, et al
Examining and interpreting the female protective effect against autistic behavior
Proc Natl Acad Sci USA.
; doi:

Investigators from multiple institutions in the United States, United Kingdom (UK), and Sweden investigated whether the male preponderance in autism spectrum disorders (ASDs) is due to male-specific risk factors or female protective effects (FPE). Study participants were part of 2 large population cohorts of twins, including dizygotic twin pairs from the Twins Early Development Study (TEDS) in the UK and the Child and Adolescent Twin Study of Sweden (CATSS). Children in the TEDS cohort were assessed for ASD at age 12 years using the Childhood Autism Spectrum test (CAST), which was completed by parents. For those in the CATSS cohort, parents completed the autism-tics, attention deficit-hyperactivity disorder and other comorbidities (A-TAC) inventory to assay for autistic traits when the participants were 9 and 12 years old. Participants who scored above the 90th percentile on either instrument were classified as autistic. The overall and sex- and zygosity-normalized scores of twin siblings of females and males classified with autism were compared. In addition, the relative risks (RRs) for being classified as autistic in the twin siblings of females or males with autism were assessed.

The TEDS cohort included 3,842 twin pairs and there were 6,040 twin pairs in the CATSS cohort. Overall the CAST and A-TAC scores of the siblings of female autistic children were significantly higher than scores for the siblings of male autistic participants (P < .0001). The autism screening test scores of siblings of female autistic participants also deviated more from their sex- and zygosity-normed means than those of siblings of male autistic children in both TEDS (P = .002) and CATSS (P = .02) cohorts. Furthermore, in both the CATSS and TEDS cohorts, siblings of female autistic subjects had increased risk of having a sibling above the cutoff value on the test (RR of 1.50 and 1.29 in TEDS and CATSS, respectively).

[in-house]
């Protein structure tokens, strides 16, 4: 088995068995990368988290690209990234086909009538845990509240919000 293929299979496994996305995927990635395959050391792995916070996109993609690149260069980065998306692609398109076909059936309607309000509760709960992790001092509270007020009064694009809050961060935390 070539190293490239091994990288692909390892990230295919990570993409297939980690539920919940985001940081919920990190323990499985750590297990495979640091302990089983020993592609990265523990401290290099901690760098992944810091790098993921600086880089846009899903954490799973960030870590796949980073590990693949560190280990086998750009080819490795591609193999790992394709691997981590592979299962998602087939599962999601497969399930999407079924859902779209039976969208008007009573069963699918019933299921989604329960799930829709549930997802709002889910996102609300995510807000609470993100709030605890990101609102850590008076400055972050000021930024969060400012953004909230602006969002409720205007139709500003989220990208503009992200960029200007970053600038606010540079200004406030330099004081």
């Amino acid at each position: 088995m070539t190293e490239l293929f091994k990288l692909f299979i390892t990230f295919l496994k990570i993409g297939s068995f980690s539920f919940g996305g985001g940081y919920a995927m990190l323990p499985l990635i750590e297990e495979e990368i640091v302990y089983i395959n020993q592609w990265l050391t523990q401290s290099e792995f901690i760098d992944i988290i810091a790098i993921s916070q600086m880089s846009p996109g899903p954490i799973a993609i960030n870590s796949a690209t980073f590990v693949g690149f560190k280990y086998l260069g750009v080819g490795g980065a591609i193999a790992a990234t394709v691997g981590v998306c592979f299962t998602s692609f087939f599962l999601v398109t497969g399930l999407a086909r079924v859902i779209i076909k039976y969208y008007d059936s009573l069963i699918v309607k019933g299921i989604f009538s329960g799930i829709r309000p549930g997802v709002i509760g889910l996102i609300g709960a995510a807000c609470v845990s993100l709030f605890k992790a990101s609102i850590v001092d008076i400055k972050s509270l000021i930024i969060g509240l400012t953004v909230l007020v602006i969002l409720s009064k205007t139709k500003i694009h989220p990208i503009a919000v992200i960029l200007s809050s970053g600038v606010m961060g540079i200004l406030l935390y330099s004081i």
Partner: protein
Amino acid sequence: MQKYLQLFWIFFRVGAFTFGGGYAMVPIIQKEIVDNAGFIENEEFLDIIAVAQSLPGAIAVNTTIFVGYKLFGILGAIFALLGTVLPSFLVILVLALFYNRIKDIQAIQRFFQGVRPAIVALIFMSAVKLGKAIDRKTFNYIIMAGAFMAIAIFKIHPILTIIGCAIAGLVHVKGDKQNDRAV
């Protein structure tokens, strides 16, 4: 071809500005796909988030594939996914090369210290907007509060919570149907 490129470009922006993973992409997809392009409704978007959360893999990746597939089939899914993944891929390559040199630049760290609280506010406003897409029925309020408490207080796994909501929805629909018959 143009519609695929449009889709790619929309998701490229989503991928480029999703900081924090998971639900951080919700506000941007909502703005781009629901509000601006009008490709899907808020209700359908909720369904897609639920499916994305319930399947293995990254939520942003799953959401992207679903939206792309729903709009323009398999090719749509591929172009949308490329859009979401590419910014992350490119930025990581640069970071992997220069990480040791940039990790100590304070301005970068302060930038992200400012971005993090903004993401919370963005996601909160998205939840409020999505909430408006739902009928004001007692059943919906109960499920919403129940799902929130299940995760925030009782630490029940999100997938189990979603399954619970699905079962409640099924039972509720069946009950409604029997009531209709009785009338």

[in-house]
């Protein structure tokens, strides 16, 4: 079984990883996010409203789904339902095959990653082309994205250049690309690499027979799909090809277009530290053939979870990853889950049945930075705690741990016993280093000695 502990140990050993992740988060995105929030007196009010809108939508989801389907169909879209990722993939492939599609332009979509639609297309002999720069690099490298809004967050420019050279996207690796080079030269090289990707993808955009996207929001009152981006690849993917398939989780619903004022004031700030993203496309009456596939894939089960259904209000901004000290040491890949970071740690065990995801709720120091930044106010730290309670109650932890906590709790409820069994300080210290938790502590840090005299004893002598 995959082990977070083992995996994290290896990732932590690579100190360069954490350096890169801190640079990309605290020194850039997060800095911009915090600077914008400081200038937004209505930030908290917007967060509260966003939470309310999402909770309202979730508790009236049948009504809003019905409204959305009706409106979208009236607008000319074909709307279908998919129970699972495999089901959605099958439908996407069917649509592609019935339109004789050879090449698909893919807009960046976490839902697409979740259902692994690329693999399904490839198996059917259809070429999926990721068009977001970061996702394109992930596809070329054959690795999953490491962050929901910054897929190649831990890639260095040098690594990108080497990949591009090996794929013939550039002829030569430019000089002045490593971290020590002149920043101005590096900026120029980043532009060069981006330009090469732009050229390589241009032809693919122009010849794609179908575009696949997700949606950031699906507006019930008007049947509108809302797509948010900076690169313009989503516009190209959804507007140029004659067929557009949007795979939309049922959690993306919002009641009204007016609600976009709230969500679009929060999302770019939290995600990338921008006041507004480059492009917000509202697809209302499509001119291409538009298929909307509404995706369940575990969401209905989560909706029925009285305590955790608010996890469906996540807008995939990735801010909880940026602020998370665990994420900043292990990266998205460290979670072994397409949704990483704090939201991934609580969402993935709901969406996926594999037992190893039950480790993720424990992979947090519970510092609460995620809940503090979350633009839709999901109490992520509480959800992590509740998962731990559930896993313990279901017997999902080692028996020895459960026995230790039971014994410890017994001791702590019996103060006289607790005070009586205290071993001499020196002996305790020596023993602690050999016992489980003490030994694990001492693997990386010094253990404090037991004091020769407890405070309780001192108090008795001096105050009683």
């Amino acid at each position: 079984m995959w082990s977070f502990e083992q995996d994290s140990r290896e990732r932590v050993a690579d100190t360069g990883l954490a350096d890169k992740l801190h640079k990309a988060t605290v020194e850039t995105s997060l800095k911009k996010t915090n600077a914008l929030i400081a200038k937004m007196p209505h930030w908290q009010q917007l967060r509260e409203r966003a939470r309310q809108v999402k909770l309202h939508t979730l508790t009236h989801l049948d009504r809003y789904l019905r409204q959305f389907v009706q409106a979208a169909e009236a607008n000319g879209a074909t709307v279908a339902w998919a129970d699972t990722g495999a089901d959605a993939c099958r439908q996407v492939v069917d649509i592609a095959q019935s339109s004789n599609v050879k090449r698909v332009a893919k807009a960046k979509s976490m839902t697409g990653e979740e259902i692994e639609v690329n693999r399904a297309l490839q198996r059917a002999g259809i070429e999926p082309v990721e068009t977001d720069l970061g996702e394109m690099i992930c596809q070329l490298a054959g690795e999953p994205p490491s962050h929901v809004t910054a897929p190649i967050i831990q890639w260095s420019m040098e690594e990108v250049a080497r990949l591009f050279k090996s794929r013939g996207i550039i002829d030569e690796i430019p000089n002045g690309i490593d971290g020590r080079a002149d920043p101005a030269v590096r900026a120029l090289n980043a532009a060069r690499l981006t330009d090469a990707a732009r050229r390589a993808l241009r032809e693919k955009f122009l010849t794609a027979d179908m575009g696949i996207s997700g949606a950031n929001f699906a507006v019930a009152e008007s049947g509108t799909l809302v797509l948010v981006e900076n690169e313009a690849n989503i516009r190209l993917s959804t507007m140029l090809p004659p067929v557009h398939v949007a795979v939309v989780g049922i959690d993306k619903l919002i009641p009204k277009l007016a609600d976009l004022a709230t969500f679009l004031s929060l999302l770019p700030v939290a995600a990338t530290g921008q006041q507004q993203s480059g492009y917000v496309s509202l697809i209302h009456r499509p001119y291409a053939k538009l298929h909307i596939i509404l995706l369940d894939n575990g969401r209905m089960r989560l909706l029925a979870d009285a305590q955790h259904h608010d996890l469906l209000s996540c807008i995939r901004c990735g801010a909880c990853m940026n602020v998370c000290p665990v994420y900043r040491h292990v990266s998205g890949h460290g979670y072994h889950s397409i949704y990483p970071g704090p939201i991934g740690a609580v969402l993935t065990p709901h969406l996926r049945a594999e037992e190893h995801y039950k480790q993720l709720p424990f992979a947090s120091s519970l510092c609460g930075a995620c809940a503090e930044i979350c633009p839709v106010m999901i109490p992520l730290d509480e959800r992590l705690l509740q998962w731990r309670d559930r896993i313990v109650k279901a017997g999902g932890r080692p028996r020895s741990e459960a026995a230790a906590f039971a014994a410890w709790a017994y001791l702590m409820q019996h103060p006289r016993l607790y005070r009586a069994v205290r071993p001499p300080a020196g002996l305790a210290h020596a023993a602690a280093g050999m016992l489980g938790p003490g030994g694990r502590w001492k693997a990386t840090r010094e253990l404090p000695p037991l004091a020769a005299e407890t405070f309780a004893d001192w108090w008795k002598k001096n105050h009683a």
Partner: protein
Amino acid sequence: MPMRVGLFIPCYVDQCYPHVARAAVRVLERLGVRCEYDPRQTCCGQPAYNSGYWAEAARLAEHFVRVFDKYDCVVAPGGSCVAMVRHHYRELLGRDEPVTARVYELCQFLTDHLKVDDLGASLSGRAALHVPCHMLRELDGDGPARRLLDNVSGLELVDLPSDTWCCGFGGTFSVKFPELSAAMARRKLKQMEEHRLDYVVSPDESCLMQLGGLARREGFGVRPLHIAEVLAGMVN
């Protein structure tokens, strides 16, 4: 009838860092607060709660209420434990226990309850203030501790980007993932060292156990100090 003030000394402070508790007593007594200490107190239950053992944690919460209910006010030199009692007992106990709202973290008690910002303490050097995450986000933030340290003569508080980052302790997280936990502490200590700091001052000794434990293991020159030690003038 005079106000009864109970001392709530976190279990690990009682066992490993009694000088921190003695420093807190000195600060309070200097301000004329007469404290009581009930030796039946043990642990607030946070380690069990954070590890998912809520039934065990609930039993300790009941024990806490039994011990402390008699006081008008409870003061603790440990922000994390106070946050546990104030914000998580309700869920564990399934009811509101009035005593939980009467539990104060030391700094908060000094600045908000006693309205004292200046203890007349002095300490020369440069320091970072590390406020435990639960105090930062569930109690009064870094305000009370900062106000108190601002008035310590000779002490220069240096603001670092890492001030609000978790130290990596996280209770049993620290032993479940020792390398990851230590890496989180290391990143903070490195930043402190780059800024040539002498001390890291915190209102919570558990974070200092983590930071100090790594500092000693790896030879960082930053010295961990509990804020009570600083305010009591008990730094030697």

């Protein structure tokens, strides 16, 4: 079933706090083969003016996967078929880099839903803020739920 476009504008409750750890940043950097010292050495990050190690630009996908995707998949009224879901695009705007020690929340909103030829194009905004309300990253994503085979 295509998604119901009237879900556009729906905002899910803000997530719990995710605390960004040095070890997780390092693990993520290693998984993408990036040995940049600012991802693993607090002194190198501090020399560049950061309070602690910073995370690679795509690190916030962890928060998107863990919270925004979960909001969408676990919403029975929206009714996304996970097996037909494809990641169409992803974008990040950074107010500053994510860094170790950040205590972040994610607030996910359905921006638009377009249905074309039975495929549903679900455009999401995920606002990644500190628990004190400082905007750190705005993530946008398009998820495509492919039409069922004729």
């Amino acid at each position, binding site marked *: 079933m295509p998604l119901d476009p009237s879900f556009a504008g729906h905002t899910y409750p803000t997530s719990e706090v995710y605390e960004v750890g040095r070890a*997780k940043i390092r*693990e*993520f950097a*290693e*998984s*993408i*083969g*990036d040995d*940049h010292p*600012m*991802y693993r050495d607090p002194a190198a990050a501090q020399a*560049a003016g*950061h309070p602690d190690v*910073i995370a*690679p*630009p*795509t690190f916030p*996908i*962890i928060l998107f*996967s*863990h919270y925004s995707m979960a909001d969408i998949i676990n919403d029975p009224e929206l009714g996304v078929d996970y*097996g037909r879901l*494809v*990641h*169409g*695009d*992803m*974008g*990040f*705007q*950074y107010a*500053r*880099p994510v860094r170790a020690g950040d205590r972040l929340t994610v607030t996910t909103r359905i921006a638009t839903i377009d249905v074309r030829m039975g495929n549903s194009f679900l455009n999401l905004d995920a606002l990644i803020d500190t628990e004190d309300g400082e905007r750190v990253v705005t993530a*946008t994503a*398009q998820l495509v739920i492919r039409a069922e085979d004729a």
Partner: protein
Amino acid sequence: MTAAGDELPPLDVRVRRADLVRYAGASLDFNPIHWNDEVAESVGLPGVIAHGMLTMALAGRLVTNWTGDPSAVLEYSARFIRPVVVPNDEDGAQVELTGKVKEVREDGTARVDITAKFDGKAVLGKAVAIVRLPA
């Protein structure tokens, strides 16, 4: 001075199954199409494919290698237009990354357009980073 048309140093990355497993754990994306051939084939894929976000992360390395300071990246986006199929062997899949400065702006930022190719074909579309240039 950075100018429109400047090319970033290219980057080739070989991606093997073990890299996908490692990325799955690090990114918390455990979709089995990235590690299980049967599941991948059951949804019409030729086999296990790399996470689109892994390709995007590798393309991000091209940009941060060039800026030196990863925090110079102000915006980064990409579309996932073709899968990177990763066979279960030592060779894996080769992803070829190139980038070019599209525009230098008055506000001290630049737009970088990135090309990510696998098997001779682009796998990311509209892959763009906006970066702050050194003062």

The authors conclude that females require greater familial/genetic etiological load to manifest autistic behavior and are thus protected from autistic impairments by their female sex.

Dr Hamid has disclosed no financial relationship relevant to this commentary. This commentary does not contain a discussion of an unapproved/investigative use of a commercial product/device.

ASDs are nearly 4 times more common in males than in females. This has been hypothesized to be either due to a female sex-specific protective effect or a male sex-specific increased risk.2,3  However, definitive data to support either of these hypotheses has been lacking. In this elegant study the authors provide the strongest population-based evidence to date to suggest a female sex-specific protective effect.

A FPE model suggests that females would require a much higher etiological load (genetic or environmental) than males (who would lack this protective effect) to manifest ASDs. Or, stated conversely,...

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